Carly Swenson • Intuitive Artist

the internal dilemma of managing expectations

Rejection is, at best, an annoying fact of life.

It gets a bit easier over time? I think?

But that sting never really goes away. It never doesn’t hurt. (Yep, correct use of a double negative.) I’ve gotten more used to disappointment. I’m pretty sure the resulting  sadness doesn’t last as long as it used to? (That also might just be the unreliable narrative of memory.) The asshole-voice-in-my-head telling me ‘I’m an inevitable failure’ is drown more quickly now, but there’s always an internal struggle. The thing is, putting my artwork into the world is strangely vulnerable. “Ta-da! Here world, look at my art! I’ve spent years learning, evolving, and growing. Surely you can see the nuance in my work that portrays this integral raw aspect of myself!”

I do hope my art speaks for itself, that someone somewhere will finally see value in my work among all the other inspiring work. (And then the other wonderful magical art success things will start to fall into place! Right!? Probably not right?)

I put positive vibes out into the universe (even though I’m not entirely sure what a vibe really consists of, and I’m entirely aware how stereotypically-annoying-hippie that phrase sounds). I do think remaining positive and hopeful, envisioning success in the opportunities I apply for is the healthier approach. Mentally preparing for success, I’m adamant not to sell myself short when asked what I have been working by adding “I probably won’t get it anyway.”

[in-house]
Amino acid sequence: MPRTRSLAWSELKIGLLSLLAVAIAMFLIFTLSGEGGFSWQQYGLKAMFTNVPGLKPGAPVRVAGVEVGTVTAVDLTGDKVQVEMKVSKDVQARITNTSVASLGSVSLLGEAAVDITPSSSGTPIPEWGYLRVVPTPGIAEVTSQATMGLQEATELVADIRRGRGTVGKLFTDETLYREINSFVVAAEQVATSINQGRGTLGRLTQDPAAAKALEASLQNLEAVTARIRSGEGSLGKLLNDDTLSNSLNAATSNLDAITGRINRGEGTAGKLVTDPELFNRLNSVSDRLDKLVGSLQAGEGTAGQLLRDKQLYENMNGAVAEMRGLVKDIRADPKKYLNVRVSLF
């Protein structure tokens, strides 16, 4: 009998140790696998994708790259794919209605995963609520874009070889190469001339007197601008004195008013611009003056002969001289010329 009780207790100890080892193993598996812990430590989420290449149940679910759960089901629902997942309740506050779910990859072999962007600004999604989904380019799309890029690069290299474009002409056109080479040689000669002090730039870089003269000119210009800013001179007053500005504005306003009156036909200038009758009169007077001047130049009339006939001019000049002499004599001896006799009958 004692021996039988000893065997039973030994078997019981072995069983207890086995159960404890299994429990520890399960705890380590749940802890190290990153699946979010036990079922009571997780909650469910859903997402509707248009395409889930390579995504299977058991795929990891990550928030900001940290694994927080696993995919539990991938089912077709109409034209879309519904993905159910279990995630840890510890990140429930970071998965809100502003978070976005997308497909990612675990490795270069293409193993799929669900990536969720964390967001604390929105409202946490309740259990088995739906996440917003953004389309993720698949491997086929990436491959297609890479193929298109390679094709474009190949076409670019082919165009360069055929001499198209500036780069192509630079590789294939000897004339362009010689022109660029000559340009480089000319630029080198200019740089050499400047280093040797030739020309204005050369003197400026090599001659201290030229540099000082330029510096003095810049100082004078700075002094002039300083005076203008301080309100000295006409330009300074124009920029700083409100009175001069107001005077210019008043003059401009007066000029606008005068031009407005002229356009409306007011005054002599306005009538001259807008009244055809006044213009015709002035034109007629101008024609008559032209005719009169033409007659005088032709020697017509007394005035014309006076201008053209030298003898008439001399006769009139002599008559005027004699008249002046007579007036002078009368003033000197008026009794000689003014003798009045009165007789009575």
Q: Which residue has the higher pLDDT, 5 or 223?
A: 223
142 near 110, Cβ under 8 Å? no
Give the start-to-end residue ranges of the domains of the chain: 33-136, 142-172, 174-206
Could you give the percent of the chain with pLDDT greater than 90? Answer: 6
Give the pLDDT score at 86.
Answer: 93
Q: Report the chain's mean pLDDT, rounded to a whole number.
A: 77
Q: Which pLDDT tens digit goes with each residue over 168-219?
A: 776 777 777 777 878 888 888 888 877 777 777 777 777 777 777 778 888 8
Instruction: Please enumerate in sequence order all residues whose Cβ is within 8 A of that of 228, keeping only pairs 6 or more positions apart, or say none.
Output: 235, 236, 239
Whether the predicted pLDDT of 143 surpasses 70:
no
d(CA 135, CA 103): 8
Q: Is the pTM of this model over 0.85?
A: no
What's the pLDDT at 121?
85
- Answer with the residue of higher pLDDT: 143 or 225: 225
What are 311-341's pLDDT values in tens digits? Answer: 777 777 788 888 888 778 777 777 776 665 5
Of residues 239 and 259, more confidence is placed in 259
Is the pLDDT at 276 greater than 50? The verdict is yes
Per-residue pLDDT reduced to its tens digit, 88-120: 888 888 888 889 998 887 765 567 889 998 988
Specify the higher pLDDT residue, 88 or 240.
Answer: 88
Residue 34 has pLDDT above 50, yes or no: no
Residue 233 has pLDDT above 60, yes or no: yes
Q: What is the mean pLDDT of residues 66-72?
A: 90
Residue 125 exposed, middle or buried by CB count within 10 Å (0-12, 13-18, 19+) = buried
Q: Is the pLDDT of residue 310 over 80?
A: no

But the asshole-voice-in-my-head still chimes in, “You probably won’t get it anyway.  You should tell them that.  You’ll look so dumb when you don’t get it, and you didn’t even mention that you knew you probably wouldn’t. Because you won’t. Because you’re a Fail-y Fail-y Fail-ton.”

Brilliant insult, asshole-voice.

My point is without that positive mindset, I’m setting myself up for failure. But mentally preparing for rejection and expecting failure makes the hit more manageable, if I don’t have hope in the first place. So where is that ideal balance between unfettered belief in  limitless creative possibilities, and the crushing realistic probabilities of rejection?

Honestly, I have no idea. I’m currently riding the figurative waves of hope in my endless artistic potential, and the debilitating self-doubt that accompanies frequent rejection.


“Well done, choosing a life in the arts, Swenson. Brilliant decision, loser.”

Shut up, asshole-voice.

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